ACE Coinage "Acknowledges Creatures of the Earth" through a series of custom-made collectible coins. Our goal is to produce works of art that you will keep forever, while raising awareness about some of our planet's most fascinating creatures.
All ACE Coinage designs begin as thoroughly researched concepts developed in collaboration between our natural science illustrator, artist Michael Rothman, and our staff writer, journalist Eric Karlan.
After ACE chooses an animal to enshrine, Rothman creates an initial sketch before enhancing the image with the dazzling colors of that creature's natural habitat.
These designs are then minted for limited circulation as timeless collectible coins.
Finally, Karlan writes the story behind every ACE Animal, providing details of its lifestyle, conservation status, and place in the natural world. These stories can be found in educational fliers that come packaged with each coin, as well as on our website.
Checkout our Wildlife Paintings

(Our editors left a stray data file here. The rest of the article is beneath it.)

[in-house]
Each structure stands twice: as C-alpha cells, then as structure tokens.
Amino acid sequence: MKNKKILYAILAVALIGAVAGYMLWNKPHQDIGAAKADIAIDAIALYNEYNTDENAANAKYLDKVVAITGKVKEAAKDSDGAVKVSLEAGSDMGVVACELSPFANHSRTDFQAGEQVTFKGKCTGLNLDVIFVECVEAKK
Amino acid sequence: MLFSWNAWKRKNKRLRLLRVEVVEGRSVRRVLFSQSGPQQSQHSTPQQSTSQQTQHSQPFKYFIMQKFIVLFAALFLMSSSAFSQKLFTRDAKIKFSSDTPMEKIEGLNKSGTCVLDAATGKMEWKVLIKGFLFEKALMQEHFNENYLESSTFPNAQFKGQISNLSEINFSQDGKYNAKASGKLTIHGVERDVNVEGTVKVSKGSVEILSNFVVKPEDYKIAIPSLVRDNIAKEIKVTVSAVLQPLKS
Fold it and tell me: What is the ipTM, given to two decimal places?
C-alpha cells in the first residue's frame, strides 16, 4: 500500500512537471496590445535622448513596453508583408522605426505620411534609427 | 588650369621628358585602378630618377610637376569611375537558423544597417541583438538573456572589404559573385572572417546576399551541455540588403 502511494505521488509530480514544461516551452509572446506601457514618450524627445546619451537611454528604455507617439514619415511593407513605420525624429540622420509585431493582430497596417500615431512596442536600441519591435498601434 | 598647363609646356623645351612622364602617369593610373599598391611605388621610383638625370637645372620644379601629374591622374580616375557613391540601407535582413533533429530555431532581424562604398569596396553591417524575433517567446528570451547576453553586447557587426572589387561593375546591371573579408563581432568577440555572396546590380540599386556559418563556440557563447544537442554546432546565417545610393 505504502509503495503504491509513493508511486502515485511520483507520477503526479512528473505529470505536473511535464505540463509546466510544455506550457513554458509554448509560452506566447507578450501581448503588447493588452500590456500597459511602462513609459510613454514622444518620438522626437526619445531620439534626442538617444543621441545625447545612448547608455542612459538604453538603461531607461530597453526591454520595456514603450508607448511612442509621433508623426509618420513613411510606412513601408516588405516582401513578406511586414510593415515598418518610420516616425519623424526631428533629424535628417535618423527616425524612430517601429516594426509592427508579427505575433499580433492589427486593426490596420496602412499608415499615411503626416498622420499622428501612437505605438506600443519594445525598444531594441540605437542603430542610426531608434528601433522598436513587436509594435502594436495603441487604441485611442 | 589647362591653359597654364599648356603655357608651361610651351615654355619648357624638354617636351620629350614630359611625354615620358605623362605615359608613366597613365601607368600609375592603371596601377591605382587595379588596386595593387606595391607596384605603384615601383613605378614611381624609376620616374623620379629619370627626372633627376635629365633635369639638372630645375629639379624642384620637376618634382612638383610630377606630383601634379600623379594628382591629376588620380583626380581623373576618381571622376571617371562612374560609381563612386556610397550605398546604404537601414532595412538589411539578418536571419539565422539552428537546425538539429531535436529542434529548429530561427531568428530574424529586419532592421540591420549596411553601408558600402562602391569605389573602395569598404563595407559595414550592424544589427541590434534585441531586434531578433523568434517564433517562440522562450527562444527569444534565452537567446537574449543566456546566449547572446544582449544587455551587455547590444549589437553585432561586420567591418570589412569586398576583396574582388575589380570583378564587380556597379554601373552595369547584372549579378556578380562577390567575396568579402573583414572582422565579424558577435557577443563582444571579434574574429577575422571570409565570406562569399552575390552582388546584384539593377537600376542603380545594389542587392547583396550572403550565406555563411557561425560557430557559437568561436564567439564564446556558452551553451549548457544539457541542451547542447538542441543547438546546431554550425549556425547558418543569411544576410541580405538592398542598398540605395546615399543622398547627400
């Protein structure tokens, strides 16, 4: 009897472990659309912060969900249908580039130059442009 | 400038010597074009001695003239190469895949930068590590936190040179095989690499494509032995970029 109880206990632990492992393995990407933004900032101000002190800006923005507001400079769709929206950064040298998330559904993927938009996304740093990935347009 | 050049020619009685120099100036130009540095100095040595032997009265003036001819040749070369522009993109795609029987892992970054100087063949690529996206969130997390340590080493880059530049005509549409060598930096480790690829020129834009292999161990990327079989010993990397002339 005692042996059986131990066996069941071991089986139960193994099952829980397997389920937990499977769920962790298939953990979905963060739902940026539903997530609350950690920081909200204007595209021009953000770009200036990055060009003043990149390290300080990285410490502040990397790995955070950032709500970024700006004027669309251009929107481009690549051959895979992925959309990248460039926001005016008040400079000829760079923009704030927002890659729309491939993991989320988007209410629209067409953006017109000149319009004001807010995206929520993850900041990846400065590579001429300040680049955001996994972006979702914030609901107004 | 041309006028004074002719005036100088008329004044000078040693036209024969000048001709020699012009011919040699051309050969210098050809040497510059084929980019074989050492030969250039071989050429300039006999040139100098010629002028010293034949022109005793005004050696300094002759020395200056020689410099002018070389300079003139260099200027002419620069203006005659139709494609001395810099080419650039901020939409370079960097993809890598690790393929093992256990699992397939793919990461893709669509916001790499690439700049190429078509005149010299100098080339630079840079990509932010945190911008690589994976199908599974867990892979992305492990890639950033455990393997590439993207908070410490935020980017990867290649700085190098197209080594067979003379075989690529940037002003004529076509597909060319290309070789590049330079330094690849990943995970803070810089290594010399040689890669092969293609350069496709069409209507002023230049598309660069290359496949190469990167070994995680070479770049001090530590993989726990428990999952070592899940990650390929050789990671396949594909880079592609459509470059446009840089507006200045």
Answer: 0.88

Latest Top (2) News
New model predicts fish population response to dams, other ecological factors Researchers have developed a model to assess how dams affect the viability of sea-run fish species that need to pass dams as they use both fresh and marine waters during their lifetimes. The aim is to test how varying passage efficiency at dams related to survival rates for these species, using a model of endangered Atlantic salmon as a case study.
Thu, 21 May 2015 14:40:58 EDT Eastern diamondback rattlesnakes' quest for fire The eastern diamondback rattlesnake has lost 97 percent of its habitat since becoming an American icon on the Revolutionary-era 'Don't Tread on Me' flag. New research demonstrates the critical nature of one element of the diamondback's home range, pine savanna. For conservationists seeking surrogate habitats for the now-rare species' dwindling population, the results underscore the need for prescribed fire management to maintain the open-canopy forest and its ecosystem.
Thu, 21 May 2015 10:49:30 EDT
Great White Sharks are capable of internally regulating their own body temperature, relying on rete mirabile - a complex, closely clustered web of arteries and veins - to make numerous organs up to 14-degrees Celsius (25 Fahrenheit) warmer than the surrounding water.
To learn more about the Great White Shark, click here.